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Dangerous Caution Safe

Uses: Typical products of BHA include biscuits, cakes, fats and oils, cereals, pastry and pastry products, sweets, edible oils, chewing gum, fats, margarine, nuts, instant potato products, polyethylene food wraps.

Not permitted in infant foods, can provoke an allergic reaction in some people, may trigger hyperactivity and other intolerance's; serious concerns over carcinogenicity and estrogenic effects, in large doses caused tumours in lab animals.

Banned in Japan in 1958, official committees of experts recommended that it be banned in the UK, however due to industry pressure it was not banned,

McDonald's eliminated BHT from their US products by 1986.

Description: Butylated Hydroxyanisole BHA is petroleum based, and is a synthesised version of vitamin E. It is designed to reduce the harmful effects of oxygen in food and is therefore described as an antioxidant. It is often used in conjunction with the Gallates E 310 - E 312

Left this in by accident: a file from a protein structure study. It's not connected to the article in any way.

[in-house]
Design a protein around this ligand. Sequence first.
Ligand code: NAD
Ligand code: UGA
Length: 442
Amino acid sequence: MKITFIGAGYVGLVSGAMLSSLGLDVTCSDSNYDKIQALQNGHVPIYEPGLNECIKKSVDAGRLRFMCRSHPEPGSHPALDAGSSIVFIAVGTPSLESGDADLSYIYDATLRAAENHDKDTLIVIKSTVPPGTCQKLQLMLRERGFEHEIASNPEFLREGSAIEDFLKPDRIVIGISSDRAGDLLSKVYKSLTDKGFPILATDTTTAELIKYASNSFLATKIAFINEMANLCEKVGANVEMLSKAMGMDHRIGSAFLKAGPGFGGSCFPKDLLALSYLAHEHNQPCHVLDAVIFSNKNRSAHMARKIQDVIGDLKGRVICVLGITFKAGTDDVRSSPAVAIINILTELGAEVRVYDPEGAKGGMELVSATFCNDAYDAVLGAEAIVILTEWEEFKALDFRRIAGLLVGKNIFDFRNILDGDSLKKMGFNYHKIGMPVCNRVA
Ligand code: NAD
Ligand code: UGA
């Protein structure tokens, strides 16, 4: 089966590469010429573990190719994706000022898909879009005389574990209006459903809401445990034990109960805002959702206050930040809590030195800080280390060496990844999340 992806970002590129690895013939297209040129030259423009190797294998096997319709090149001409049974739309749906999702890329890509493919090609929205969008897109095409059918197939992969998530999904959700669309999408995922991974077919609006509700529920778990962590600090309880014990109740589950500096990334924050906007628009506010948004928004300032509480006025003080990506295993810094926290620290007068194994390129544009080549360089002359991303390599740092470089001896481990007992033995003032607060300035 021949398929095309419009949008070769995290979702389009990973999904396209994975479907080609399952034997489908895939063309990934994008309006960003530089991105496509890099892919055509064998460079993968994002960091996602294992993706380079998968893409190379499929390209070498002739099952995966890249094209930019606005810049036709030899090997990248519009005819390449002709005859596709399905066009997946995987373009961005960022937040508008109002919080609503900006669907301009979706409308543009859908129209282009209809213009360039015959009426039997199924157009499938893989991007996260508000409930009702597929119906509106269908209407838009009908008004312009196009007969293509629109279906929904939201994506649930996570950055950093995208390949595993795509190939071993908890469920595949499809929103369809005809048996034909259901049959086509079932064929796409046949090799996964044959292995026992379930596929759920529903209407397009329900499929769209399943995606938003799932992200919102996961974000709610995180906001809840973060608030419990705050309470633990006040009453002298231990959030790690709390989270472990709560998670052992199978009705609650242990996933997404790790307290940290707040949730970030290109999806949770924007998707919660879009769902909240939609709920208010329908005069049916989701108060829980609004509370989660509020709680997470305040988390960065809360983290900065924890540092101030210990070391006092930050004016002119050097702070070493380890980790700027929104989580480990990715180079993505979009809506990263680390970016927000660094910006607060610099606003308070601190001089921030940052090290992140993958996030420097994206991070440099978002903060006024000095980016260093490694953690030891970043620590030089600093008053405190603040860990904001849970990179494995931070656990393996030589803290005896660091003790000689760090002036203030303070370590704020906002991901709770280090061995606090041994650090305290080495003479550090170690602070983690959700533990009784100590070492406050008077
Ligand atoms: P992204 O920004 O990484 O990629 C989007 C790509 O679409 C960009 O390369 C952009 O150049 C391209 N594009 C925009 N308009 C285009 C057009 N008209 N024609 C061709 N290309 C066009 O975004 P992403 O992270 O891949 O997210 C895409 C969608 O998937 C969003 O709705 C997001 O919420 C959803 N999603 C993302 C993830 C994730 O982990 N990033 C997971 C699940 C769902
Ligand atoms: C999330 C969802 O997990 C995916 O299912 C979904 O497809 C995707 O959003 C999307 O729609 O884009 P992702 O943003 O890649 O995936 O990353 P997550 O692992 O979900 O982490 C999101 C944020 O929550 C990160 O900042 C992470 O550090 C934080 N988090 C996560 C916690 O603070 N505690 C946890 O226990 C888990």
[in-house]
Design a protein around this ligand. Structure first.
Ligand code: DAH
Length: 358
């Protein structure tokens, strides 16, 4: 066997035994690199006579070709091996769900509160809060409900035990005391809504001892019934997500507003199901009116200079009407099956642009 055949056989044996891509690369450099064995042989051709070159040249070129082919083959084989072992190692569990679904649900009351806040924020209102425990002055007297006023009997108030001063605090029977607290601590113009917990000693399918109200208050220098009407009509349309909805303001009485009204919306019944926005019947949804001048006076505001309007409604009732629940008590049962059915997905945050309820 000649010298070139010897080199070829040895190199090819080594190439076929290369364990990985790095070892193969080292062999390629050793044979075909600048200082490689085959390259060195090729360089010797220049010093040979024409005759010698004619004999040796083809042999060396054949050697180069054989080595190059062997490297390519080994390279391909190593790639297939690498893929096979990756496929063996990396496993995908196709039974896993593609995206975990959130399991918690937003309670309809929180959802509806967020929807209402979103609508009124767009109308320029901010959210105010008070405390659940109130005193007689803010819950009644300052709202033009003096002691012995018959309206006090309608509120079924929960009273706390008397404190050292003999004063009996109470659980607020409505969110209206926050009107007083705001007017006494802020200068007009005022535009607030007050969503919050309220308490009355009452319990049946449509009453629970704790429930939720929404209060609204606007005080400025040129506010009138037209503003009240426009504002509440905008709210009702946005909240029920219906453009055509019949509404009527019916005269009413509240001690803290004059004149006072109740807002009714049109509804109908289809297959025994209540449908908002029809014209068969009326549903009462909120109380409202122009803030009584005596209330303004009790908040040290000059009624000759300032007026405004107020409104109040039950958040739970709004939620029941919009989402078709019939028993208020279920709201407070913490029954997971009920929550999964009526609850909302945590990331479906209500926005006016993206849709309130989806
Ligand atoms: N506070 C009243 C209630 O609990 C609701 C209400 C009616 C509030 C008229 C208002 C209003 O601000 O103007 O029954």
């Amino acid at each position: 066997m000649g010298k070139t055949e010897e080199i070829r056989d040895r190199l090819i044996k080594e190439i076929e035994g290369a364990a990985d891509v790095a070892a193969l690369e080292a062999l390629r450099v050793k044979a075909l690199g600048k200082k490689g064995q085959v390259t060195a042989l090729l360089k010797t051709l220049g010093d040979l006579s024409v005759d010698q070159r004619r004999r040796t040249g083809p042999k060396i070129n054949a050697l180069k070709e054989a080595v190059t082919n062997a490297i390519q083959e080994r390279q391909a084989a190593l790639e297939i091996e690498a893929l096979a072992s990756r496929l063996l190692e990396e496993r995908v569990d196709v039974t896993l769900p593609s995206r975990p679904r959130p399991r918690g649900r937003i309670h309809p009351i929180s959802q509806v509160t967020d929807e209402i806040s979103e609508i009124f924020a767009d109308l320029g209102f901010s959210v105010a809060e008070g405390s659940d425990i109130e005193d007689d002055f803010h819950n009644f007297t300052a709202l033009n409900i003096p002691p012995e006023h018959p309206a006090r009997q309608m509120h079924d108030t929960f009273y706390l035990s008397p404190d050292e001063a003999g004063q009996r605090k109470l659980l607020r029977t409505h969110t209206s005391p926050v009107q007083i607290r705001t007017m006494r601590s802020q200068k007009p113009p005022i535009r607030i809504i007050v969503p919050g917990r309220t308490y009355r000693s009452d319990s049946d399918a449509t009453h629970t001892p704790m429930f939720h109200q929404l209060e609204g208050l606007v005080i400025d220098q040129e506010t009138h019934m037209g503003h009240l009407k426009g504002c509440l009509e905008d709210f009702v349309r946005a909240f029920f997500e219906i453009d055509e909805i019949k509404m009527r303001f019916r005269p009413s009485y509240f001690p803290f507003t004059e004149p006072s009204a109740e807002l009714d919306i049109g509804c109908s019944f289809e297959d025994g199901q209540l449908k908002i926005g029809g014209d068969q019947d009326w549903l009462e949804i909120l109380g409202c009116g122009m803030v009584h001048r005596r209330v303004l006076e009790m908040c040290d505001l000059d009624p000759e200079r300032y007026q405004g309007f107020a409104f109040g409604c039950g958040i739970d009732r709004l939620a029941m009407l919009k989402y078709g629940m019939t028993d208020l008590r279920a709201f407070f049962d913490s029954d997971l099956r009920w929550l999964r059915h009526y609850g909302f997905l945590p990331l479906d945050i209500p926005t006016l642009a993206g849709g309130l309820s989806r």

It is widely used as an antioxidant and preservative, and is prepared from p-methoxyphenol and isobutene. BHA can be used in baked products as it is stable at high temperatures, it is mainly used to prevent rancidity in fats and oils.

Other names: tert-butyl-4-hydroxyanisole, tert-butyl-4-methoxyphenol, BOA, (1,1-dimethylethyl)-4-methoxyphenol.

E320 Butylated Hydroxyanisole  BHA

E321 Butylated Hydroxytoluene >>>